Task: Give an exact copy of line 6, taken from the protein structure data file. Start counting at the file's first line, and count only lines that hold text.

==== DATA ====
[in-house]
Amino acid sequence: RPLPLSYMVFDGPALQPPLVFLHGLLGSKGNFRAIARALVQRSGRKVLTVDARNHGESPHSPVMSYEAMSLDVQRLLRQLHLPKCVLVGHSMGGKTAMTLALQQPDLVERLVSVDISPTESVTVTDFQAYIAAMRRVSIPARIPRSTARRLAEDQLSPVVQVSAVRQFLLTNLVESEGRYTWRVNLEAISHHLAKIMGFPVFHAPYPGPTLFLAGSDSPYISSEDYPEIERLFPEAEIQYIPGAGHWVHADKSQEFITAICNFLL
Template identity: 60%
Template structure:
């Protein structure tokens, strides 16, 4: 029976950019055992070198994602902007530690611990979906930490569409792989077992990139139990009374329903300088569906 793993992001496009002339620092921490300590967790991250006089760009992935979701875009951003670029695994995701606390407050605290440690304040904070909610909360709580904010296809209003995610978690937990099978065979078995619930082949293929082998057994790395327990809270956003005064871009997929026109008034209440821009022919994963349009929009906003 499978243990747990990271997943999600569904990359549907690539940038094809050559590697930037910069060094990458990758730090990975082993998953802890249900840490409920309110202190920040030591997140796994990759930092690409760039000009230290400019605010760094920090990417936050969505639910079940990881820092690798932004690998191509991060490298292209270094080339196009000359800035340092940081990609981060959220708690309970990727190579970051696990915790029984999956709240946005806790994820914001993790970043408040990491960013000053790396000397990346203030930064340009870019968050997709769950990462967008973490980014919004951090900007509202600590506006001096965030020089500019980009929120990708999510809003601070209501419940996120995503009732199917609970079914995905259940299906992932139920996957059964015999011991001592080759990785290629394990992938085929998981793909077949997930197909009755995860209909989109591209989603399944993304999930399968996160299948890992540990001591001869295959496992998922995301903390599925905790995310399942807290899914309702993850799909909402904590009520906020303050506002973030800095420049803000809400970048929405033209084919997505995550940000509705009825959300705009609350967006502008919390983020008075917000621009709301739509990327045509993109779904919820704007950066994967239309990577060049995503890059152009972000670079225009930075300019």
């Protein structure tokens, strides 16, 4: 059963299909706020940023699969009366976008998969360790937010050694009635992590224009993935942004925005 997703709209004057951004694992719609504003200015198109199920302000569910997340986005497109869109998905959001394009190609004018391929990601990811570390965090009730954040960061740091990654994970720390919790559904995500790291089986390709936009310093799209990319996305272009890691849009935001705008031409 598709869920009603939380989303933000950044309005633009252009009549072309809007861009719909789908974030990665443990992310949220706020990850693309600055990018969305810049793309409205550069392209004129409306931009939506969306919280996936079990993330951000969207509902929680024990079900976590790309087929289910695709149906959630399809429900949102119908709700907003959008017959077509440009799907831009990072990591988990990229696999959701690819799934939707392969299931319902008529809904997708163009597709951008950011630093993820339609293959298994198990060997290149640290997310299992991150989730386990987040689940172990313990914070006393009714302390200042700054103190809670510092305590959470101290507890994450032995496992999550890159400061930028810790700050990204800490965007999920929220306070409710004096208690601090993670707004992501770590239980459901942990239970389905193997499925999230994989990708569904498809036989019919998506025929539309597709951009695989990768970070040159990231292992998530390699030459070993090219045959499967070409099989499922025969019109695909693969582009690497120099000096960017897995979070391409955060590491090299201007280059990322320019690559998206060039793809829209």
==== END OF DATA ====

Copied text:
């Protein structure tokens, strides 16, 4: 059963299909706020940023699969009366976008998969360790937010050694009635992590224009993935942004925005 997703709209004057951004694992719609504003200015198109199920302000569910997340986005497109869109998905959001394009190609004018391929990601990811570390965090009730954040960061740091990654994970720390919790559904995500790291089986390709936009310093799209990319996305272009890691849009935001705008031409 598709869920009603939380989303933000950044309005633009252009009549072309809007861009719909789908974030990665443990992310949220706020990850693309600055990018969305810049793309409205550069392209004129409306931009939506969306919280996936079990993330951000969207509902929680024990079900976590790309087929289910695709149906959630399809429900949102119908709700907003959008017959077509440009799907831009990072990591988990990229696999959701690819799934939707392969299931319902008529809904997708163009597709951008950011630093993820339609293959298994198990060997290149640290997310299992991150989730386990987040689940172990313990914070006393009714302390200042700054103190809670510092305590959470101290507890994450032995496992999550890159400061930028810790700050990204800490965007999920929220306070409710004096208690601090993670707004992501770590239980459901942990239970389905193997499925999230994989990708569904498809036989019919998506025929539309597709951009695989990768970070040159990231292992998530390699030459070993090219045959499967070409099989499922025969019109695909693969582009690497120099000096960017897995979070391409955060590491090299201007280059990322320019690559998206060039793809829209």